It seems that the University of Pune is in no mood to make public the names of colleges, which have been barred from conducting first year admissions after it was revealed that these colleges didn’t have principals, adequate number of teaching staff and facilities to conduct exams.
Out of the 73 listed colleges, 17 colleges fall in the ambit of the University of Pune. Last week, the varsity had promised that it will disclose the names of the colleges so that students do not waste time in approaching these colleges for admissions.
However, since the university is not disclosing the names, the students who have passed out the HSC exams and are planning to take admissions in the city colleges, are in a state confusion as they do not know which colleges to skip while going through the admission procedure.
Speaking to dna, one of the students said, “In next two days, I am planning to apply at colleges after getting the marksheet on Tuesday. It is quite confusing since we don’t which colleges have been blacklisted. If any one of us takes admission in the barred colleges, it will become a difficult situation.”
One of the parents of a student said that the varsity should immediately disclose the names so that students do admission in those colleges.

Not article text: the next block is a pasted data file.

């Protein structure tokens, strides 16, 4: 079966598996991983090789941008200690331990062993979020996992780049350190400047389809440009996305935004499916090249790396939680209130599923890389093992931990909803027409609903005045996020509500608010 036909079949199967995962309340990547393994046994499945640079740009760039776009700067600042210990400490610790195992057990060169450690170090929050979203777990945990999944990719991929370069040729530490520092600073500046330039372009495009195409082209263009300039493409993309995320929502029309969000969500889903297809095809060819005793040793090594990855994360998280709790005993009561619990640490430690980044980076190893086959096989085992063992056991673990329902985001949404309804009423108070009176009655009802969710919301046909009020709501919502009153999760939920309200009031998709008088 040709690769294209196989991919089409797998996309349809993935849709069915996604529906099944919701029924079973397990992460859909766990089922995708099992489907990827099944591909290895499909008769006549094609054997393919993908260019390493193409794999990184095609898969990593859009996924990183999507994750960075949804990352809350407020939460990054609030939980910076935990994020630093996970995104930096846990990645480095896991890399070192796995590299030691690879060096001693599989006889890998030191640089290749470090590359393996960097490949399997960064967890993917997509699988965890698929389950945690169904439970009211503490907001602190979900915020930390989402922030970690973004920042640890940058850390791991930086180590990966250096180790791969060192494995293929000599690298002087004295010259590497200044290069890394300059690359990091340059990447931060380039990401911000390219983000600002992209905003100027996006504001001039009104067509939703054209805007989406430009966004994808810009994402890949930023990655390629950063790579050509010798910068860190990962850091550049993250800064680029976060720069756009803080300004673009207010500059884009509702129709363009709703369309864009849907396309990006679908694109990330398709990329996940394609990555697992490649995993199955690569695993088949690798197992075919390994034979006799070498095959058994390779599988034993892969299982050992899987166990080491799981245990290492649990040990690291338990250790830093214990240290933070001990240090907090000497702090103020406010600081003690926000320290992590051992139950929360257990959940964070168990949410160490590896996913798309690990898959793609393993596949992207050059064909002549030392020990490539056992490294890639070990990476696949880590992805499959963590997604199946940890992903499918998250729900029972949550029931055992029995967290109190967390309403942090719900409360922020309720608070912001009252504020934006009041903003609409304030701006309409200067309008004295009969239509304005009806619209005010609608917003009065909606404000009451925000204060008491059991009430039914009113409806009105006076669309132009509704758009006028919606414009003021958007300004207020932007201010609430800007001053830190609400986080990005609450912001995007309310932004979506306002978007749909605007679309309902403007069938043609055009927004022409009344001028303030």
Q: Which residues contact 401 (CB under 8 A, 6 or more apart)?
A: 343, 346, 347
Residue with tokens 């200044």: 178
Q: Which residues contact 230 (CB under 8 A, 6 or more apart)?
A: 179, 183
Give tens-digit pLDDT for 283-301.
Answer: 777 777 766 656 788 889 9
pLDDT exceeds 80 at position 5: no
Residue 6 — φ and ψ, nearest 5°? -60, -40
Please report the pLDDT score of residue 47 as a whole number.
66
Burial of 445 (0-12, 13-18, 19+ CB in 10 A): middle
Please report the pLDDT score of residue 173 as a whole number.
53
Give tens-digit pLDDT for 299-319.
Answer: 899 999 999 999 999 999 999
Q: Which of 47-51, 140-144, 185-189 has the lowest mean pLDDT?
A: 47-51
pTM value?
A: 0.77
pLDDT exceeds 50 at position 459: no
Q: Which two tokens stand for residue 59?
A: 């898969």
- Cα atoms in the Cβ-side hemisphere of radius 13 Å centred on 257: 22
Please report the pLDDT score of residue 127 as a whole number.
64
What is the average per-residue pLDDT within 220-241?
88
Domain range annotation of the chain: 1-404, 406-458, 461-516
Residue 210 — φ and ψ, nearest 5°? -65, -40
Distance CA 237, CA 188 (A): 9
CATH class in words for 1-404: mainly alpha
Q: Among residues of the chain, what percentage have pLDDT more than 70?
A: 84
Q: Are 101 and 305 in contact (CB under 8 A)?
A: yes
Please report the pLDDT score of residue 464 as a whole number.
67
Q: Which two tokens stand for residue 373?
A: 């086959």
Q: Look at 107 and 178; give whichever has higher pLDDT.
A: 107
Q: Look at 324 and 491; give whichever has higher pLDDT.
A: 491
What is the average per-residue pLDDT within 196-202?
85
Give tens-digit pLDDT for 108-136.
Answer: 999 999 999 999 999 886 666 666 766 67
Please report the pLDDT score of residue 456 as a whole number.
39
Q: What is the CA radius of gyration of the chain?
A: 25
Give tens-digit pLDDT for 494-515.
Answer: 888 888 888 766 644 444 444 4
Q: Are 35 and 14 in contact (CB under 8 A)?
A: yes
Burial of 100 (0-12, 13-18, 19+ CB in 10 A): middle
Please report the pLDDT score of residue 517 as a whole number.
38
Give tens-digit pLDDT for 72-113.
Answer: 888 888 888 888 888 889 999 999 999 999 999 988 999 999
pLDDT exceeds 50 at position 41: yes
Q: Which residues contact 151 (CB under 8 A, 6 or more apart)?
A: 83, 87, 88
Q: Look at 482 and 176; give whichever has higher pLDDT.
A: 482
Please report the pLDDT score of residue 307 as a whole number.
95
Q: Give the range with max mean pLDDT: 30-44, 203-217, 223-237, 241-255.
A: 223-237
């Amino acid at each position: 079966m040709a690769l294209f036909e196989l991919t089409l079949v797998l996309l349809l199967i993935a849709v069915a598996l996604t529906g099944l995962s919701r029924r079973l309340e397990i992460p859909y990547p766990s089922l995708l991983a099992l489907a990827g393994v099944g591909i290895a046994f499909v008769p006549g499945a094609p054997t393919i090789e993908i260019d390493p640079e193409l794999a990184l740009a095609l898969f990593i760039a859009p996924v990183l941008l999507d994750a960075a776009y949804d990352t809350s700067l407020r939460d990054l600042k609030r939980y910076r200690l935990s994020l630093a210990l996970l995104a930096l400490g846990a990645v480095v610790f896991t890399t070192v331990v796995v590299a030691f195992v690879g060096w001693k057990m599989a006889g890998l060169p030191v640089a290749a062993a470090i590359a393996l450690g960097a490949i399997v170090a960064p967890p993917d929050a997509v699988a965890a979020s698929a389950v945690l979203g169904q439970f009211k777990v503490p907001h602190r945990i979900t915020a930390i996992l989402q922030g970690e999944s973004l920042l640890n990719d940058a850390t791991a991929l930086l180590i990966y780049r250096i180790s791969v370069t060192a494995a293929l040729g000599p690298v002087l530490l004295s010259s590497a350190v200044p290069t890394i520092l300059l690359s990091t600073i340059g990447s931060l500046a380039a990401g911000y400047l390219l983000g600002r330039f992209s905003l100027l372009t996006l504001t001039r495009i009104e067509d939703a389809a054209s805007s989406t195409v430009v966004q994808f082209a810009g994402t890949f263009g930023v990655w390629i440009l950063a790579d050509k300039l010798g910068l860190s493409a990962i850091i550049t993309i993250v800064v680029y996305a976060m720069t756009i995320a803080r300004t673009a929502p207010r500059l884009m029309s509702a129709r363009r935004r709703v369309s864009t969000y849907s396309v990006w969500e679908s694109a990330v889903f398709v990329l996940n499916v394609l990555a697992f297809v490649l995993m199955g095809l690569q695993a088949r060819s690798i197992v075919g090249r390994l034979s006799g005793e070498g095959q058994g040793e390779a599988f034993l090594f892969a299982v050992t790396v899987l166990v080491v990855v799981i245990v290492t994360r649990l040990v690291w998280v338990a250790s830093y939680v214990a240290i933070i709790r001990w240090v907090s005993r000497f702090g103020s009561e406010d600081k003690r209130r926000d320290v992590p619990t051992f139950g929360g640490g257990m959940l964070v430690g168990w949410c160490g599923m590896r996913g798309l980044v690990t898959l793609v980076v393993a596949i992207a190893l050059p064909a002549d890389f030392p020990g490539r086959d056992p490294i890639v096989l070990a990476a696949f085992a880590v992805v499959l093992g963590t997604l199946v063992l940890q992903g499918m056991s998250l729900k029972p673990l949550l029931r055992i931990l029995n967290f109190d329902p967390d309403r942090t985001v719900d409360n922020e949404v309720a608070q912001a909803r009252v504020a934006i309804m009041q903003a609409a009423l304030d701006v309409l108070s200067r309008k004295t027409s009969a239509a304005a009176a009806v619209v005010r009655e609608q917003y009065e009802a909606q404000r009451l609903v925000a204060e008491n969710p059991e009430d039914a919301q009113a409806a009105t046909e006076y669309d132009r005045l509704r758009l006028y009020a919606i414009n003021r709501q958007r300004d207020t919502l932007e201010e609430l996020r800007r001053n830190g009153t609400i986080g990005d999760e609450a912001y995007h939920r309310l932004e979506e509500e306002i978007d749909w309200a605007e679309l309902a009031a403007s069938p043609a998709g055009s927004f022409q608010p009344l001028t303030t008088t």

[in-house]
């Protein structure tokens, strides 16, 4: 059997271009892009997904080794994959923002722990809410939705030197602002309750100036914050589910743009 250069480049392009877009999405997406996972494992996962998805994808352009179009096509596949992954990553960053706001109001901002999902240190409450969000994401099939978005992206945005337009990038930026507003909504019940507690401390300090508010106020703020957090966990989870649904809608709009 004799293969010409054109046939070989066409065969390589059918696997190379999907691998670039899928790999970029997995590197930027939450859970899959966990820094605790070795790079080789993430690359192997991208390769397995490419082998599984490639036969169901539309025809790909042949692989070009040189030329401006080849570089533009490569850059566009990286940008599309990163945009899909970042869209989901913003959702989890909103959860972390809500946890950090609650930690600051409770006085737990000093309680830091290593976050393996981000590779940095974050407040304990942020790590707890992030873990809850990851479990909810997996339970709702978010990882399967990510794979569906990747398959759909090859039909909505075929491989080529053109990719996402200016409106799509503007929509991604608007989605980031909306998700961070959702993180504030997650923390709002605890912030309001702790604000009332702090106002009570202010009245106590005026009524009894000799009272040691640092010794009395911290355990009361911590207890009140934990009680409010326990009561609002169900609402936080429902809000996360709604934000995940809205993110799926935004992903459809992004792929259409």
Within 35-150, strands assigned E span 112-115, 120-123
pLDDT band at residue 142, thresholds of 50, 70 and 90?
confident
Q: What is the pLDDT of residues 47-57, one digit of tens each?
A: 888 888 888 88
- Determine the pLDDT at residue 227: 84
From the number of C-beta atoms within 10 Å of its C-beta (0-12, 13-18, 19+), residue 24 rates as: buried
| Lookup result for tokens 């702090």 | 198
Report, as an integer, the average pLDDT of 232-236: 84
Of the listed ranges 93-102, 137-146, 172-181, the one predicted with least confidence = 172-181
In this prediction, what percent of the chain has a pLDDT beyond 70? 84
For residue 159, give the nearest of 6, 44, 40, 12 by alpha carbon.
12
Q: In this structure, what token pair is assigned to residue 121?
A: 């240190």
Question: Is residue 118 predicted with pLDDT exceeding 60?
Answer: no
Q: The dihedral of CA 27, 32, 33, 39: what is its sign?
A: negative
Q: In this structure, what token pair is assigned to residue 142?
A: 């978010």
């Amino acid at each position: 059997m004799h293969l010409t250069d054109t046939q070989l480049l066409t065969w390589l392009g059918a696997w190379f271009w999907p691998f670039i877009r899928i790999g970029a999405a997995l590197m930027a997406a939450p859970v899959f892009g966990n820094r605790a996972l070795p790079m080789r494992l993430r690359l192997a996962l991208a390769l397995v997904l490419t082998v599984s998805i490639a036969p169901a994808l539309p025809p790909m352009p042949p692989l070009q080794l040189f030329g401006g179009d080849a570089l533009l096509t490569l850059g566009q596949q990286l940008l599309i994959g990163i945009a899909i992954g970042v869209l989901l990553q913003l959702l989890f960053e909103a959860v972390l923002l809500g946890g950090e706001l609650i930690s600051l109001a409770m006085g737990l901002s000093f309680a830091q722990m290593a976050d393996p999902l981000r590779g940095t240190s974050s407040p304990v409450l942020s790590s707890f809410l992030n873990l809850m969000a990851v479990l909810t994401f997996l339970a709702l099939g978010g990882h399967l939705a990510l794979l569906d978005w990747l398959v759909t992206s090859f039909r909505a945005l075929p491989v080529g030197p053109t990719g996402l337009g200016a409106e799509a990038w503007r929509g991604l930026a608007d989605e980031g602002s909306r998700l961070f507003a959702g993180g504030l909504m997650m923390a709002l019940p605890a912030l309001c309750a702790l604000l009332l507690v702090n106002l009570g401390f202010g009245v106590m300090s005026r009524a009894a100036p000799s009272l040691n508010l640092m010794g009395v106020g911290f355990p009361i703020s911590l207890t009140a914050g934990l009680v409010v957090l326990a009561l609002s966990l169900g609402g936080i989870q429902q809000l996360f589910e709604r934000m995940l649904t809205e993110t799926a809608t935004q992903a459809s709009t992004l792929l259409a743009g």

Santosh Dhore, the senate member of the varsity, said that it seems that the varsity wants to safeguard these colleges. “We have demanded that before the admission process starts, the varsity should make the names of the colleges open,” he said.
A report by an audit committee headed by Nandkumar Nikam had revealed that the 79 colleges in the from Pune, Nashik and Ahmednagar districts didn’t have principals, adequate number of teaching staff and facilities to conduct exams. The committee was constituted following several complaints about these colleges being in abysmal condition. Upon receiving the report, the varsity had sent a show-cause notices to these colleges, asking their management why their affiliation should not be withdrawn. They were even given adequate time to comply with the varsity’s affiliation norms.
Out of the 79 colleges, only six colleges have complied with the rules laid out by the university and have appointed principals, and adequate teaching staff.